Powerful Mental Techniques to Learn Skills — Faster
These are the mental methods allowing you to more quickly reach skill mastery. Each is worth learning separately. Together, reduce time wasted and money lost in the practice phase of the skill building process.
There are five mastery practices:
It has long been known that mental practice will enhance the ability to perform physically (Bray 1948). Mental rehearsal has long been used in sports psychology. This is the case for motor skills and is likely to be true with pure mental skills such as listening. In combination, they offer a valuable set of options to enhance skills in general.
These are the mental methods allowing you to more quickly reach skill mastery when learning other application skills. Each of them are useful in the applications beside skill development. The five practices are:
The importance of meditation as a Mastery Practice cannot be overestimated. It is one of the best tools we know to be able to change the internal "software" running in the mind. It is relatively easy to learn -- most induction practices take around 30 minutes -- but people spend an entire lifetime mastering how to use this special state of mind.
It's been the observation of many, that people don't learn anything – well not very much — from experience. Those who master reflection won't make the same mistake twice, and you can even learn from other people's mistakes. It serves as a tool for insight on what to do or change.
If you ask the average person if they talk to themselves, they would probably respond with, "Are you nuts?" But here's the thing. Your self-talk serves as the basis for your mental programming. Your positive or negative sets the stage for how you going to act in the future and in the present. Controlling thought serves as the foundation for all great success.
The great entrepreneurs, inventors, and artists will tell you that all great works start first in one's imagination. It's one of the major practical tools needed to master skills. If you can't visualize what you want, it's unlikely that you will get it. Mental imagery is a mental muscle waiting to be exercised.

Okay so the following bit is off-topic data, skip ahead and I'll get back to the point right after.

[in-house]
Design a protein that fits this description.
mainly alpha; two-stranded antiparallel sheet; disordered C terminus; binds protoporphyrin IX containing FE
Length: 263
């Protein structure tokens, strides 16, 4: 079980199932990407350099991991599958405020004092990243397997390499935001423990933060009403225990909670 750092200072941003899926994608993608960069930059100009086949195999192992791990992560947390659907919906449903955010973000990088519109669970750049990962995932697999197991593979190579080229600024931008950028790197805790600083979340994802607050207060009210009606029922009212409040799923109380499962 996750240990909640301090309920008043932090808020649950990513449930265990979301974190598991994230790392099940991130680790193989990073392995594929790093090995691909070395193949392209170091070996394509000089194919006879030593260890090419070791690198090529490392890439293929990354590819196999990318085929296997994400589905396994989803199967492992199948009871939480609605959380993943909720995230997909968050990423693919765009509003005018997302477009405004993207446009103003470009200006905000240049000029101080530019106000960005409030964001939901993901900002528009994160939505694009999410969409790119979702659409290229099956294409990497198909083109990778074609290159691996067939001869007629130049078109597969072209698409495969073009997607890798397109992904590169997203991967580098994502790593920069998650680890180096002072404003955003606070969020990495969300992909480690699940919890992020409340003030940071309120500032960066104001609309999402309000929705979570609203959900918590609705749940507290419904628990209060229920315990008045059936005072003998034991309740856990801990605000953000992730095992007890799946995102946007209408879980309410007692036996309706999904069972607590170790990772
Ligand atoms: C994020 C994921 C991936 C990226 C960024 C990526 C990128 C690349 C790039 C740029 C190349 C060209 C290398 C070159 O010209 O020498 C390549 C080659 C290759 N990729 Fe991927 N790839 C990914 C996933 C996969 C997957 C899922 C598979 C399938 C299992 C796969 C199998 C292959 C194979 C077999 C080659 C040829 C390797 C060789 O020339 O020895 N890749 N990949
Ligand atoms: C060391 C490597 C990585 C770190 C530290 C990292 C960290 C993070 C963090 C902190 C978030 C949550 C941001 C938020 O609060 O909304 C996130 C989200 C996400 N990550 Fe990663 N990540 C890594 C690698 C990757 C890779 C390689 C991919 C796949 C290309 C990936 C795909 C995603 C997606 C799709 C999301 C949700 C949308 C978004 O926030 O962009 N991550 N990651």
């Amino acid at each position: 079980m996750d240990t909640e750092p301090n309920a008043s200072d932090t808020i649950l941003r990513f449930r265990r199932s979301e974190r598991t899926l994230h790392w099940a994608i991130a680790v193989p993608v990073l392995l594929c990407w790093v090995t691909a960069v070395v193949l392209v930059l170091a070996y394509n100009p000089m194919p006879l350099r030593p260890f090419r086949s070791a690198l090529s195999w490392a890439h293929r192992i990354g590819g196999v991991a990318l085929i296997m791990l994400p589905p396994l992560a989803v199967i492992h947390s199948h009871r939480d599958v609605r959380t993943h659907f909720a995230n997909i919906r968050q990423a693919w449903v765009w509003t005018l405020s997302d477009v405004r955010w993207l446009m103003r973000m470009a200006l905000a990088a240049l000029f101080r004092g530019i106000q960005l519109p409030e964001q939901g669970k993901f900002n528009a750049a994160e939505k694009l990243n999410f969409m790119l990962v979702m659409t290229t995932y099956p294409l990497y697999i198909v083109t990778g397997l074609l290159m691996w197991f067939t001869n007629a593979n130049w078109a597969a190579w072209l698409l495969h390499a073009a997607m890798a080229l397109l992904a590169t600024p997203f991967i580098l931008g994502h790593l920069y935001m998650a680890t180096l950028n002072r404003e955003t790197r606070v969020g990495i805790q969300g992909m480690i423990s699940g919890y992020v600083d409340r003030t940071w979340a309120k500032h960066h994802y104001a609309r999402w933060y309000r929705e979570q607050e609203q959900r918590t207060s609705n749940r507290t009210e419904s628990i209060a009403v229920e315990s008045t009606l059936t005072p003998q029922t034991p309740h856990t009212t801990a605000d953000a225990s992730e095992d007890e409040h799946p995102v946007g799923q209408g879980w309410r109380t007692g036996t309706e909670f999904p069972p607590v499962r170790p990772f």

Mindfulness as a developmental process has been around for at least 2500 years. It has long been an integral part of Buddhist practices, practices that are now appearing more often in the West (Jayaram, 2008). In fact, Western psychology has taken a great deal of interest in mindfulness as a therapeutic intervention to deal with problems such as stress (Kabat-Zinn, 2007).
Bray, C. W. (1948). Psychology and Military Proficiency. Princeton University Press: Princeton, NJ.
Kabat-Zinn, John (2007). Mindfulness Stress Reduction And Healing. Google Tech Lecture, March 8.
Jayaram V, (2008). Right Mindfulness, Hindu Web Site
It Works. Mental rehearsal has long be a used in sports psychology.
It's The Only Way To Build Mental Skills. This is the case for motor skills and is likely to be true with pure mental skills such as listening.
It Reduces Practice Time. Mastery Practices take you from novice to mastery in less time — they function like catalysts.
It Compliments Physical Practice. The brain does not distinguish between mental and physical practice.
Separately, these are useful. Together, they're down right powerful.
You can't be world class unless you know — really know — how to use the mind to practice. It's as simple, and as complex, as that.
Most university degrees are way too much theory and not enough practice. Learning skills are better done with coaching outside the classroom.
General coaching skills are valuable. They can be even more valuable if one knows how to use the mastery practices.
You have to learn what the competition (other managers) don't know to stand out.
The best companies identify their high potentials. And one-way to get on that list is to keep learning. It makes you adaptable and more promotable.
Sure, in an 80-hour work week there is not much time available. But that doesn't mean one should give up on learning something new.